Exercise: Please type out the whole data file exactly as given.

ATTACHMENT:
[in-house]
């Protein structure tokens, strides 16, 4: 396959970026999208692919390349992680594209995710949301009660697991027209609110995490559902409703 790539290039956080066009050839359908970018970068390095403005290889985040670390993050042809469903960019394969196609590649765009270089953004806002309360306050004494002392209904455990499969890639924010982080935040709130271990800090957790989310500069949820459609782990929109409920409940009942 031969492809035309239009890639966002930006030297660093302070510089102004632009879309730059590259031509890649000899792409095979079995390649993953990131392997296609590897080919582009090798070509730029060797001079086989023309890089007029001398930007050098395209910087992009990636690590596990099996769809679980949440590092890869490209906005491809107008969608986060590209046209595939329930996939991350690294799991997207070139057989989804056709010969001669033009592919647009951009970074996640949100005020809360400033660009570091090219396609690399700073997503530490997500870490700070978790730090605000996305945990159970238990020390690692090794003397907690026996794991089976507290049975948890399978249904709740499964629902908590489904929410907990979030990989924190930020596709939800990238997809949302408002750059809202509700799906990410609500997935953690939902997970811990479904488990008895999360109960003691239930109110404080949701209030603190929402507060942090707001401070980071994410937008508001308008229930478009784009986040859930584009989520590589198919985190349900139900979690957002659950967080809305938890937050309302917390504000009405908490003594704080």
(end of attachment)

[in-house]
């Protein structure tokens, strides 16, 4: 396959970026999208692919390349992680594209995710949301009660697991027209609110995490559902409703 790539290039956080066009050839359908970018970068390095403005290889985040670390993050042809469903960019394969196609590649765009270089953004806002309360306050004494002392209904455990499969890639924010982080935040709130271990800090957790989310500069949820459609782990929109409920409940009942 031969492809035309239009890639966002930006030297660093302070510089102004632009879309730059590259031509890649000899792409095979079995390649993953990131392997296609590897080919582009090798070509730029060797001079086989023309890089007029001398930007050098395209910087992009990636690590596990099996769809679980949440590092890869490209906005491809107008969608986060590209046209595939329930996939991350690294799991997207070139057989989804056709010969001669033009592919647009951009970074996640949100005020809360400033660009570091090219396609690399700073997503530490997500870490700070978790730090605000996305945990159970238990020390690692090794003397907690026996794991089976507290049975948890399978249904709740499964629902908590489904929410907990979030990989924190930020596709939800990238997809949302408002750059809202509700799906990410609500997935953690939902997970811990479904488990008895999360109960003691239930109110404080949701209030603190929402507060942090707001401070980071994410937008508001308008229930478009784009986040859930584009989520590589198919985190349900139900979690957002659950967080809305938890937050309302917390504000009405908490003594704080």